Friday, June 27, 2014

[Indian Culture Workshop 2013-2014] Session 6: Changing Indianness: Bollywood, music, and dance


Session #6: Changing Indianness: Bollywood, music, and dance
Speaker: Ms. Minaz Master


Indian movies have gained international attention in the last decades, and even earned a title, Bollywood. From the 3 Idiots to the first 3D dance movie ABCD: AnyBody Can Dance in 2013, the Indian cinema is surely a global sensation. Speaking of Bollywood, people would normally think about series of singing and dancing scenes, as well as colorful costumes and settings. This perception did nourish the birth of the Moulin Rouge!, which was an attempt for Hollywood to create something that resembles the Bollywood genre. Yet, if we take a look at some classics in the past decades, we will find the many transformations of Indian cinema. To be precise, this involves adding a lot of Westernized elements, while enforcing some of the Orientalist perceptions.

In this session, Ms Master showed us the constant change of Indian cinema, including the dance and music styles in it. She explained that the Indian cinema has been able to preserve some traditional Indian values, but at the same time also adopted some Western elements. Film is a powerful medium for us to understand Indian society which is in turn highly influenced by this medium.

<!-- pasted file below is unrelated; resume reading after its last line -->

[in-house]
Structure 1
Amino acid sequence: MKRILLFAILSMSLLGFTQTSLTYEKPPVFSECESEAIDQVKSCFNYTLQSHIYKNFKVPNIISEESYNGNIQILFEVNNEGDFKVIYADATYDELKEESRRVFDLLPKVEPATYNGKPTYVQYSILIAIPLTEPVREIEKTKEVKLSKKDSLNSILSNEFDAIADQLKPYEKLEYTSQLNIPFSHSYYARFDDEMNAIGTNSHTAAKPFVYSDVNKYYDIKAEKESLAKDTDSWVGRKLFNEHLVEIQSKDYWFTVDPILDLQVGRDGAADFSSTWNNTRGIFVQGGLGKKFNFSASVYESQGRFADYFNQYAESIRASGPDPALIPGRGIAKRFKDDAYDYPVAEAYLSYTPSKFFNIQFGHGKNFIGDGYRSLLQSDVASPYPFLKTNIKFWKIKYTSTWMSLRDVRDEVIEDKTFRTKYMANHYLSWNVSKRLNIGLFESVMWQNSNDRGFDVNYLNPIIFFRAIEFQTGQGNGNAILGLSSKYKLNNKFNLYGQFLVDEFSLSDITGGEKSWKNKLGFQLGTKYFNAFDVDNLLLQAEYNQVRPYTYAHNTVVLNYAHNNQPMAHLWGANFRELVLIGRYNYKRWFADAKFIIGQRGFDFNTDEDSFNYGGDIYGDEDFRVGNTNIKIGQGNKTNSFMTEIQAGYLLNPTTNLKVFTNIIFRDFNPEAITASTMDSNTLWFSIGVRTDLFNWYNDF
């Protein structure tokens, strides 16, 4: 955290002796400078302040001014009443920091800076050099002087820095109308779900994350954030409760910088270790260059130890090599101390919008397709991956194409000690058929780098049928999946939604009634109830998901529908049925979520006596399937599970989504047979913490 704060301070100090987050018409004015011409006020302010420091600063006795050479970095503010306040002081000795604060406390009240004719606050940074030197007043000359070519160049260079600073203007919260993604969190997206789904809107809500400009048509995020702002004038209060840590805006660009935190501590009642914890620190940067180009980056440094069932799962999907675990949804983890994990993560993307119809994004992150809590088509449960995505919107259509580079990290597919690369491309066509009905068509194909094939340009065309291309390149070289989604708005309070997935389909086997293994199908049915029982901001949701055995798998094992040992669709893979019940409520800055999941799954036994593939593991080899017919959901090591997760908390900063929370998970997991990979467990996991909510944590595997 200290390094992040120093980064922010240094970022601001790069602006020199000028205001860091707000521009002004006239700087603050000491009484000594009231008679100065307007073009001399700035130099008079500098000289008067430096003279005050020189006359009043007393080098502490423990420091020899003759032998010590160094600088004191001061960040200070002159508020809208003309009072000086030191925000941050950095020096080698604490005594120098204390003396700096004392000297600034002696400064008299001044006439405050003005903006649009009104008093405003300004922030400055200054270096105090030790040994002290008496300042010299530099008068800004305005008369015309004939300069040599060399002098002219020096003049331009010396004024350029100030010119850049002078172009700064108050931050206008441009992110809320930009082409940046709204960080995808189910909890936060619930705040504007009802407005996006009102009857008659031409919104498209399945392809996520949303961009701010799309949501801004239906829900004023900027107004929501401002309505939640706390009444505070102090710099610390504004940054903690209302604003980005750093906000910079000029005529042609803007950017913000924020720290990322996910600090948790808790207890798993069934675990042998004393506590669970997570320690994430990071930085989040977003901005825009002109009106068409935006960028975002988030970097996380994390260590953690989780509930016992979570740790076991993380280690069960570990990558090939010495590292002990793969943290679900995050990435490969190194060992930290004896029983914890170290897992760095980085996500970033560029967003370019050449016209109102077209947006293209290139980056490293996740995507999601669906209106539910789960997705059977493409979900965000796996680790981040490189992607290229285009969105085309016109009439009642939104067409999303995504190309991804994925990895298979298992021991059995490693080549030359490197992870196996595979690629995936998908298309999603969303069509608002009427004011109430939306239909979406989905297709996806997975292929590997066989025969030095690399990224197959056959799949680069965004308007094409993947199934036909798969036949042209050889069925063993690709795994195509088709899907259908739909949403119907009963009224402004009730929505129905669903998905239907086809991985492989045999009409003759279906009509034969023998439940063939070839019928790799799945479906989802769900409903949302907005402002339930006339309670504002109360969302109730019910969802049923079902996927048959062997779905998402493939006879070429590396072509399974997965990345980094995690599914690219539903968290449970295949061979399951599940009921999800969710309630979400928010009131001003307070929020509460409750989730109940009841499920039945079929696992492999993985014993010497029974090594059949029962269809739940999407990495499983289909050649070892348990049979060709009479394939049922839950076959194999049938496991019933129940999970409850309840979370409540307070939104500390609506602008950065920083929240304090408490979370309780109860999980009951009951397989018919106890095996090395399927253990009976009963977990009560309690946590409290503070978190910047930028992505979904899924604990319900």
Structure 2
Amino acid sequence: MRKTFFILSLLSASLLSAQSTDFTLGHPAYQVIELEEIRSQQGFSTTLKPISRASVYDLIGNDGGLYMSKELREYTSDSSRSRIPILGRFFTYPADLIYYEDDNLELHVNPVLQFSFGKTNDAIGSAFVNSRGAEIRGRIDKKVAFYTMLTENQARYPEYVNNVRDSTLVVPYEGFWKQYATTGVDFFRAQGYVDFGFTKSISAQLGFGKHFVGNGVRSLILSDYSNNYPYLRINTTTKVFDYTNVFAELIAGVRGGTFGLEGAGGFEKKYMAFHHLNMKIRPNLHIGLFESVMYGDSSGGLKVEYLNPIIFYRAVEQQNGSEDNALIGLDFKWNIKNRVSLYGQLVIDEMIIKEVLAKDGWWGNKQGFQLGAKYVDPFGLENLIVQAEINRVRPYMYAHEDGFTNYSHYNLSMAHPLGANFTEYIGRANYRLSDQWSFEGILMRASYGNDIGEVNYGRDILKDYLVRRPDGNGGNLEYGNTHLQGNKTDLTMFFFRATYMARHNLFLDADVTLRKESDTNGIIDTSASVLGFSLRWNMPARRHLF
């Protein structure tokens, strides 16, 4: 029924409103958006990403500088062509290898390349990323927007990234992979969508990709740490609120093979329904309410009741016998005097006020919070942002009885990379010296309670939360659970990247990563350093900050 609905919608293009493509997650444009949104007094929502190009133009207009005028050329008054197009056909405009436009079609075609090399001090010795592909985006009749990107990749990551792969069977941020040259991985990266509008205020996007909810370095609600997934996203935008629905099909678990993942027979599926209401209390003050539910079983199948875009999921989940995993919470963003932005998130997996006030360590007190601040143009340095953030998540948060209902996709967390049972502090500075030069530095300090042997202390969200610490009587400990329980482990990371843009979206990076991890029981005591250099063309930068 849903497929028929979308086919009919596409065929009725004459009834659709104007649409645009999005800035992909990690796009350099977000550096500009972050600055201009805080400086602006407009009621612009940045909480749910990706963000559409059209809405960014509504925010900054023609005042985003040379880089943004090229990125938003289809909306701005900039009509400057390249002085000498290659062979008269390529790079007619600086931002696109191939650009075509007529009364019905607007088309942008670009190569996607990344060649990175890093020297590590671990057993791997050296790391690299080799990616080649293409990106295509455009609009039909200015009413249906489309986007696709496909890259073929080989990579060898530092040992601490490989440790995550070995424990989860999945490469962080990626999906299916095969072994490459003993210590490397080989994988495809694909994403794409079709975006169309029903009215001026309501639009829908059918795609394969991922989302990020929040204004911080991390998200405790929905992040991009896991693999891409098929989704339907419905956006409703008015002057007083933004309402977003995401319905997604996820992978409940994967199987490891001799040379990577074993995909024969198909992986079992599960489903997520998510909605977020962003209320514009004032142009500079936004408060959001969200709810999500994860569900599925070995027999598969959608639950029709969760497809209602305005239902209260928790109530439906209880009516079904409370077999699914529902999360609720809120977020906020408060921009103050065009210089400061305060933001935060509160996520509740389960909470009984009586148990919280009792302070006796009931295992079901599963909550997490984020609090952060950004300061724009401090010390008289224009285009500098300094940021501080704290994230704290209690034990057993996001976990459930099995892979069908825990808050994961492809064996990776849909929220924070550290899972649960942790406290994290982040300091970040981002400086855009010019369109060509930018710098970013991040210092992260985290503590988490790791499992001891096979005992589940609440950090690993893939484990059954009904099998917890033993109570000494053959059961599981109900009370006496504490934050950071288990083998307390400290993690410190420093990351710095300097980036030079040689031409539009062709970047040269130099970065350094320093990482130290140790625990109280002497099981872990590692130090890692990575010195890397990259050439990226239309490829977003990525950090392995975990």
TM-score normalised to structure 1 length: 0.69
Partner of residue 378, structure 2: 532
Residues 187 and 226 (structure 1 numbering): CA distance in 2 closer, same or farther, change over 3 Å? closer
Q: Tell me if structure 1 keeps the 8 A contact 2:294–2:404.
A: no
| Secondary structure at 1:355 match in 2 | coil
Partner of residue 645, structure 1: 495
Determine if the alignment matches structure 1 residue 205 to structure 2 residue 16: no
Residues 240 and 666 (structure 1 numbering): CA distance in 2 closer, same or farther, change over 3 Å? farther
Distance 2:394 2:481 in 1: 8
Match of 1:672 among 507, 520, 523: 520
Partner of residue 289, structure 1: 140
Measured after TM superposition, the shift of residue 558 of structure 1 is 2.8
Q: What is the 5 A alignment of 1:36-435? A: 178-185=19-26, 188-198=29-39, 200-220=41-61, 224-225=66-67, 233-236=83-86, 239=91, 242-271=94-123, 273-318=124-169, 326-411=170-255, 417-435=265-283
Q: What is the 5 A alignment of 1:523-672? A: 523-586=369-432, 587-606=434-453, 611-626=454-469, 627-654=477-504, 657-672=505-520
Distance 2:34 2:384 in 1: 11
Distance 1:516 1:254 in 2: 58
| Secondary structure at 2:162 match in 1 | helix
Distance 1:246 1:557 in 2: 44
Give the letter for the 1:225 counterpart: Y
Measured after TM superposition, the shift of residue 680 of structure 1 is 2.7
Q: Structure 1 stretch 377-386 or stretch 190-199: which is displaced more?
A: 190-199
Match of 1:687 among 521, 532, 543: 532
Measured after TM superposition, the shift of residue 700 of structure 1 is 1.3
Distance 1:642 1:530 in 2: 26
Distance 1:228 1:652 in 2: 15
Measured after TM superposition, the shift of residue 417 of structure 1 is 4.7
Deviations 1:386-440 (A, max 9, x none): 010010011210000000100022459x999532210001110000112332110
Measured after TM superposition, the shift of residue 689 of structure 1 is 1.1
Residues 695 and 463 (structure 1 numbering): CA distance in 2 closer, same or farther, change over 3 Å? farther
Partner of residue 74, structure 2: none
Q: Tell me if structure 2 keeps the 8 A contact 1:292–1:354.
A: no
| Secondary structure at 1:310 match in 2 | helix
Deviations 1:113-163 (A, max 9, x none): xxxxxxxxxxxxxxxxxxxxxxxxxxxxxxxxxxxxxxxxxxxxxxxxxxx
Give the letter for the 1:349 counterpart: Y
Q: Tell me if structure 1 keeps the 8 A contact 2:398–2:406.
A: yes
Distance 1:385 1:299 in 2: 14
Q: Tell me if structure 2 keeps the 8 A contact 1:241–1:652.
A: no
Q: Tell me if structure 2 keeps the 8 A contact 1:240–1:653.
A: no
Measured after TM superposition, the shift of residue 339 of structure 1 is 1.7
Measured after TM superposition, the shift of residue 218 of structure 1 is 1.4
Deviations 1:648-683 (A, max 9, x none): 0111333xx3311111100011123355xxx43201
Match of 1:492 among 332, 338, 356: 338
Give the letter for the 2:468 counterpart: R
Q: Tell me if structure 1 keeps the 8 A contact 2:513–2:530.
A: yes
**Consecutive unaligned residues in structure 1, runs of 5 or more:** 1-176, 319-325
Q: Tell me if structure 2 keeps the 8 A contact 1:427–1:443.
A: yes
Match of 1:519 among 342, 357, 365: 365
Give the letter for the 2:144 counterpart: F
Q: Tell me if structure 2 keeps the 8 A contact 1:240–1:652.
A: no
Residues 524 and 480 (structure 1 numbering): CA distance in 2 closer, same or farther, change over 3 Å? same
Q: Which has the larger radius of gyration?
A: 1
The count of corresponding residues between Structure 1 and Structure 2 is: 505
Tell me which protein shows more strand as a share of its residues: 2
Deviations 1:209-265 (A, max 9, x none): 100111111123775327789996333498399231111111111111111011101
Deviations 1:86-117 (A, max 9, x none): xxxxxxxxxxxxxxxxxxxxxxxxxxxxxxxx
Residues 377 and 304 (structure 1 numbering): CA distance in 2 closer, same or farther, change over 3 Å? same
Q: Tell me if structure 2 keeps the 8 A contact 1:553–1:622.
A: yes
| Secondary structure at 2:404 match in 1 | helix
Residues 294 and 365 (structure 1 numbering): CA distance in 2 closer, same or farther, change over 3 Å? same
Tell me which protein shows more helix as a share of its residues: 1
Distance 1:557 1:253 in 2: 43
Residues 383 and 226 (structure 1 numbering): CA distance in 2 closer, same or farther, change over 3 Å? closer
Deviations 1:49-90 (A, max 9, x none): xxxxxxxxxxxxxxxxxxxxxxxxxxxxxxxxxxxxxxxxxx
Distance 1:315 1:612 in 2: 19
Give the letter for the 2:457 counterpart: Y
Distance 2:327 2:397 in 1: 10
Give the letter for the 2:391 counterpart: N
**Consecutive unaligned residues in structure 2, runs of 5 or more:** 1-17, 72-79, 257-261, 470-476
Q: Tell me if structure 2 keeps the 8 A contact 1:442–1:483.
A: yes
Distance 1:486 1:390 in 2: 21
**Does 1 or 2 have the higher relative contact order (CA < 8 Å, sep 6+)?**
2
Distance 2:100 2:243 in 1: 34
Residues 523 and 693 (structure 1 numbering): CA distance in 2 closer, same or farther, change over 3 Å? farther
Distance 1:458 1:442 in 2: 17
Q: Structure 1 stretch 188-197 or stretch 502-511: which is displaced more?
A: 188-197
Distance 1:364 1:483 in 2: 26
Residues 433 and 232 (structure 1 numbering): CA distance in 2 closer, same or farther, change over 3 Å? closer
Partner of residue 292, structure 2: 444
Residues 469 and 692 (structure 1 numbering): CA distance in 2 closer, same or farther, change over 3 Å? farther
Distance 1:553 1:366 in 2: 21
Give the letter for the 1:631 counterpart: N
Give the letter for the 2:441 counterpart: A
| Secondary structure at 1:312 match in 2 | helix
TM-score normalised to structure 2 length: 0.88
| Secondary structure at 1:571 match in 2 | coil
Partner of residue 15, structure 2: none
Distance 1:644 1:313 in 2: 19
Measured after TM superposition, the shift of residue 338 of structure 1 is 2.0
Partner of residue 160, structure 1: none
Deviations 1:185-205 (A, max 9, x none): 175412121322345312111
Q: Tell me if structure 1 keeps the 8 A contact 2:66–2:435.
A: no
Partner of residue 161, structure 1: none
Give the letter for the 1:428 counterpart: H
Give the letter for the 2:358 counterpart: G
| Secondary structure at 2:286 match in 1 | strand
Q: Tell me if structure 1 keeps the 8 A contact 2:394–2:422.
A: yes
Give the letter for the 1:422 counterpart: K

Indeed, contemporary Indian cinema plays a powerful role in creating and shaping social identities, political orientations, as well as cultural values. Other than being joyful and delightful, Bollywood movies are also a medium to tackle critical social issues. Sensitive subjects such as sexuality, that are difficult to articulate in everyday contexts, are often a popular theme in Indian cinema. In Deepa Mehta’s Elements trilogy (Fire, Earth and Water), Fire became the first Indian movie explicitly dealing with homosexuality, and Water touched on the topic of widowhood. Indian film also plays a role at times of political turmoil. For instance, the 1957 classic Mother India uses a mother figure during a period of instability in India, to create a sense of security for the people.

Using Bollywood movies as a lens to look at social or cultural taboos provides a new way to intercultural understanding, and helps to debunk a lot of misconceptions. 

Ms. Minaz Master (far right) enjoying Indian cuisine with the participants after giving a talk on Bollywood movies



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